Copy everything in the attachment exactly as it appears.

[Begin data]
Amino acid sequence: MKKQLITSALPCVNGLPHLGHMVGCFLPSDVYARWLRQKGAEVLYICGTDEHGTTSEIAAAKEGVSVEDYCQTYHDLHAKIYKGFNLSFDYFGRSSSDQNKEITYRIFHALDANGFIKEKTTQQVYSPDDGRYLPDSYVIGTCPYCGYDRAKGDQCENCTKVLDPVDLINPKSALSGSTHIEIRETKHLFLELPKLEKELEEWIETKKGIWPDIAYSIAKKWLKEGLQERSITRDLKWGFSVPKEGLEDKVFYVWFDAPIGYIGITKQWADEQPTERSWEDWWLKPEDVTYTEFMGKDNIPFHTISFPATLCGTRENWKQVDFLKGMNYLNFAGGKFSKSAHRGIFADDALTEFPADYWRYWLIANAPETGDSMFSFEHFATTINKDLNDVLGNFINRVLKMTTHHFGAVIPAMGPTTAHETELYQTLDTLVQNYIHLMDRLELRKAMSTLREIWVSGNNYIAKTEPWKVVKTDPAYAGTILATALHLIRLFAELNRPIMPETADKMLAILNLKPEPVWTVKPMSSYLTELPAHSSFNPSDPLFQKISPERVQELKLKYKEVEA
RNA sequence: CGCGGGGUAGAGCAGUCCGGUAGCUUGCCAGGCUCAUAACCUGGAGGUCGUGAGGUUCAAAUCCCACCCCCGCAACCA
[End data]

Amino acid sequence: MKKQLITSALPCVNGLPHLGHMVGCFLPSDVYARWLRQKGAEVLYICGTDEHGTTSEIAAAKEGVSVEDYCQTYHDLHAKIYKGFNLSFDYFGRSSSDQNKEITYRIFHALDANGFIKEKTTQQVYSPDDGRYLPDSYVIGTCPYCGYDRAKGDQCENCTKVLDPVDLINPKSALSGSTHIEIRETKHLFLELPKLEKELEEWIETKKGIWPDIAYSIAKKWLKEGLQERSITRDLKWGFSVPKEGLEDKVFYVWFDAPIGYIGITKQWADEQPTERSWEDWWLKPEDVTYTEFMGKDNIPFHTISFPATLCGTRENWKQVDFLKGMNYLNFAGGKFSKSAHRGIFADDALTEFPADYWRYWLIANAPETGDSMFSFEHFATTINKDLNDVLGNFINRVLKMTTHHFGAVIPAMGPTTAHETELYQTLDTLVQNYIHLMDRLELRKAMSTLREIWVSGNNYIAKTEPWKVVKTDPAYAGTILATALHLIRLFAELNRPIMPETADKMLAILNLKPEPVWTVKPMSSYLTELPAHSSFNPSDPLFQKISPERVQELKLKYKEVEA
RNA sequence: CGCGGGGUAGAGCAGUCCGGUAGCUUGCCAGGCUCAUAACCUGGAGGUCGUGAGGUUCAAAUCCCACCCCCGCAACCA